What's the Worst Sector This Week?

There is no contest, in my opinion, as to which area is the most important to follow - the "market" or the "market of stocks."  In other words, the very widely documented "market" indices are so often distorted due to a handful of stocks, especially at market turning points, that they lead public opinion totally in the wrong direction.

You can really see that in today's market.  We are not far from the high point of the rally according to the indices, but internally, there has been a correction going on since at least the first of February.  We believe our sector studies illustrate the "internal" nature of the market about as effectively as anything, and from this week's review, here's a few of the highlights:
  • Technology is continuing to show strong moves to the upside.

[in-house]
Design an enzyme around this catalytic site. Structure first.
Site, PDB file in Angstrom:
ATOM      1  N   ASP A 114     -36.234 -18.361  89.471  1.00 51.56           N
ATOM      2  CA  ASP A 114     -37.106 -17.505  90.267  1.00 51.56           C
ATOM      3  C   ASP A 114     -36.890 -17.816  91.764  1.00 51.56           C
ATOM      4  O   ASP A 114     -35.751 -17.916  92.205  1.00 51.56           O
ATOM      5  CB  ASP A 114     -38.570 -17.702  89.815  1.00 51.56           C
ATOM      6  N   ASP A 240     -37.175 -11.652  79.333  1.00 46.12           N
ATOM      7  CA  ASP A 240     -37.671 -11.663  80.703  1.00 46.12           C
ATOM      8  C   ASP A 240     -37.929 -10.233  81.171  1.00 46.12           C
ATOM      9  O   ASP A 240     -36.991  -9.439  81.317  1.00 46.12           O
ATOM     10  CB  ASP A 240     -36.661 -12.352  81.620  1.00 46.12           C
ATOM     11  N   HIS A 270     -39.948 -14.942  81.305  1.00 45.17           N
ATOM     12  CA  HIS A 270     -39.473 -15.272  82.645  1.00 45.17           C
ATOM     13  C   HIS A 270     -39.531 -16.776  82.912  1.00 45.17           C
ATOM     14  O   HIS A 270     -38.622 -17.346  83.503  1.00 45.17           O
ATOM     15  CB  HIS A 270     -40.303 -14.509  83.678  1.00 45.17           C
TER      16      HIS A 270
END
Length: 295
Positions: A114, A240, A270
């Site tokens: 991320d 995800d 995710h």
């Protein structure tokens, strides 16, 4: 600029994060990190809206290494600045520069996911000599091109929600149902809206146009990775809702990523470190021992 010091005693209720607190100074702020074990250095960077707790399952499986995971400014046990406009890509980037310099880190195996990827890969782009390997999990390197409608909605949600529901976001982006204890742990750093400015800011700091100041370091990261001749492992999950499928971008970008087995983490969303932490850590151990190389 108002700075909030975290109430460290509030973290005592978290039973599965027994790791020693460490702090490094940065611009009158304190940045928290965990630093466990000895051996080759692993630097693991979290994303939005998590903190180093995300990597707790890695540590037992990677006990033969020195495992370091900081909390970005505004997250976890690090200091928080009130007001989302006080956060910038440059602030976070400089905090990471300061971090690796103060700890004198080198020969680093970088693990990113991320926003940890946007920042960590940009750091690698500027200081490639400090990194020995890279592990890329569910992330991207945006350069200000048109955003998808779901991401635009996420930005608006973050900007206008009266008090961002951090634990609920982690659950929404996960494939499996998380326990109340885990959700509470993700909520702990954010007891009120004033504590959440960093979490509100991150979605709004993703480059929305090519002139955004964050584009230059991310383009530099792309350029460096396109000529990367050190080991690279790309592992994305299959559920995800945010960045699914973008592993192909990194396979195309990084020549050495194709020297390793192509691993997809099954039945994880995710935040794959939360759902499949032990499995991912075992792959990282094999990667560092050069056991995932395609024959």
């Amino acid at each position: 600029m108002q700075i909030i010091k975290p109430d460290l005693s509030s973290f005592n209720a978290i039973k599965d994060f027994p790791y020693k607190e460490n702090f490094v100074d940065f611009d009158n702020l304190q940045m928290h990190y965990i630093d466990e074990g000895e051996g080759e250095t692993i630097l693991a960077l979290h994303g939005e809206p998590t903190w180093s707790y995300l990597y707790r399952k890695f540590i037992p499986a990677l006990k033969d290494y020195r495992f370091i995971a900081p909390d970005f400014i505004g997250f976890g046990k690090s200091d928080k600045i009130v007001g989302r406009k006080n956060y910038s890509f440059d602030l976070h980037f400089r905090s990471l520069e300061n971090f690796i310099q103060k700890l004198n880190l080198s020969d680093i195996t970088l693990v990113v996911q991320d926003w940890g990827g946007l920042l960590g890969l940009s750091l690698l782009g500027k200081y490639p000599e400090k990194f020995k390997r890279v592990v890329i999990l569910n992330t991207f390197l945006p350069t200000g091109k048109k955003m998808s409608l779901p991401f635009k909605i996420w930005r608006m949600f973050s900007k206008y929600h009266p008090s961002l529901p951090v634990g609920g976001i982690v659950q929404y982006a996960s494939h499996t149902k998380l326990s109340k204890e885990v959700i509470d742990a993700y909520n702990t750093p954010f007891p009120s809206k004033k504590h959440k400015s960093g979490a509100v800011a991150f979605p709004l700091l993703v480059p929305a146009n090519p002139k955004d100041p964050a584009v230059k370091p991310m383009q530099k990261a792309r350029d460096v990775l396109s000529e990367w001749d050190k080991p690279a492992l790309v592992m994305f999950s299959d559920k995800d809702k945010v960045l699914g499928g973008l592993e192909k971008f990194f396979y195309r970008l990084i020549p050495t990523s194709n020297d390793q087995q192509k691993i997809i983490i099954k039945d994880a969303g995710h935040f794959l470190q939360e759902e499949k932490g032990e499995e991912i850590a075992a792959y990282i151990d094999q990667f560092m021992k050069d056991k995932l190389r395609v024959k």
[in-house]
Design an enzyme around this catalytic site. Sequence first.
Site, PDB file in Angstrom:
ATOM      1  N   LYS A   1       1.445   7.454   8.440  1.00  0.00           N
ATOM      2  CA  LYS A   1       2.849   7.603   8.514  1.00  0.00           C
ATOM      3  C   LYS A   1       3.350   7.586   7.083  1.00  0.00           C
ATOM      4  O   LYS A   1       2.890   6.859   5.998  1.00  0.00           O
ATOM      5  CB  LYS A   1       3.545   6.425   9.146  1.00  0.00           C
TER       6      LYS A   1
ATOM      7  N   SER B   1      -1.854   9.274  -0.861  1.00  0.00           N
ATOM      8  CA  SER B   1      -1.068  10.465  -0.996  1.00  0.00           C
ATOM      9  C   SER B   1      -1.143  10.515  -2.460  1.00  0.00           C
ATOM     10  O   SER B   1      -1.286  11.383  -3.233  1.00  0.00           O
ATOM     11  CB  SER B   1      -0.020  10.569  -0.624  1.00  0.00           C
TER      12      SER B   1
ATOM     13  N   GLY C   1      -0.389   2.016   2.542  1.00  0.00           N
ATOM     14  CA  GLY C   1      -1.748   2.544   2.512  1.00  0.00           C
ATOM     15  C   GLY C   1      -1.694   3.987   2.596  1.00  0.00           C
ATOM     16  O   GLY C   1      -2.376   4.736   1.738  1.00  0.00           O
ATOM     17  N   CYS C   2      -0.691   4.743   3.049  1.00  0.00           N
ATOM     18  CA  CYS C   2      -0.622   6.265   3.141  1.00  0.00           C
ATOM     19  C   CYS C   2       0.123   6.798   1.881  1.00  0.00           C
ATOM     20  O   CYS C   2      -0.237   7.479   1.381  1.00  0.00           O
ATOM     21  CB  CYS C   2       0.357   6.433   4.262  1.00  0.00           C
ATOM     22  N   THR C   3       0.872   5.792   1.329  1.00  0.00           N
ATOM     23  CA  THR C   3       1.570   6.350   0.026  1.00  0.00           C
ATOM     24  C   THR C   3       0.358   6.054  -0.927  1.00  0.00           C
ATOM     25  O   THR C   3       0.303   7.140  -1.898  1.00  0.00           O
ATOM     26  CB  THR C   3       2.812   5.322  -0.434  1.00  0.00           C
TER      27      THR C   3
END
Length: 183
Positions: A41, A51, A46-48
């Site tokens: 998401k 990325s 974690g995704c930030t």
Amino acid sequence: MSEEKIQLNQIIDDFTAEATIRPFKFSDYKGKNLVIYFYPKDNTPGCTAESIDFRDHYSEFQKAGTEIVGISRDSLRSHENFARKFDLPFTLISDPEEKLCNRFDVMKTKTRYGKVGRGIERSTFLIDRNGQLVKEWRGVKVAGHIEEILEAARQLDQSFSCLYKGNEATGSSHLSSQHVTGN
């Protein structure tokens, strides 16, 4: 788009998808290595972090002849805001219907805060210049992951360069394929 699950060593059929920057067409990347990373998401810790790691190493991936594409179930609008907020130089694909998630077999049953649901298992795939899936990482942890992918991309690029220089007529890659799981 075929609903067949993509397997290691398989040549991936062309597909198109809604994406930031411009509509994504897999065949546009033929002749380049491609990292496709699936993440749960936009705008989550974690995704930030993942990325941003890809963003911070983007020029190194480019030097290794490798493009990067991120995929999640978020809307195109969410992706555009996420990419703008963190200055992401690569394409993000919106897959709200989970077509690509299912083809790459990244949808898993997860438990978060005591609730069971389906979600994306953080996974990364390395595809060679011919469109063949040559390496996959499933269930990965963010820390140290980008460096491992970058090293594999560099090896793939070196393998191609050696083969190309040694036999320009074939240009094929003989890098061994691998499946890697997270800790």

• Financials have also shown a nice move to the upside.  It is the strongest performer in our short-term and mid-term readings in the large-cap universe.
  • Energy and Utilities continue to be the worst performing sectors in recent months.
  • Industrials continue to show some weakness.

In the tables below, you can see where both the mid-cap (S&P 400) and large-cap (S&P 500) sectors currently stand as measured by the percentage of stocks above their 50- and 200-day moving averages.

Click on the image above to view larger tables.

Then, in the chart below, you can see the total number of stocks in the combined indices (S&P 400 and S&P 500) that are trading above both their 50- and 200-day moving average.

Click on the image above to view a larger chart.

As you review the middle chart above, you see the very definite peak in the "momentum" of the market at the end of January.  Actually, February 4th seemed to pinpoint the point when the current dysfunction set in.  That was also about the time when the price of oil bottomed out around $96 a barrel and then moved up sharply to $110 a barrel.  But strangely enough, one of the weakest sectors right now is Energy.

Don Hays, Nicholas Warf and Justin Wood

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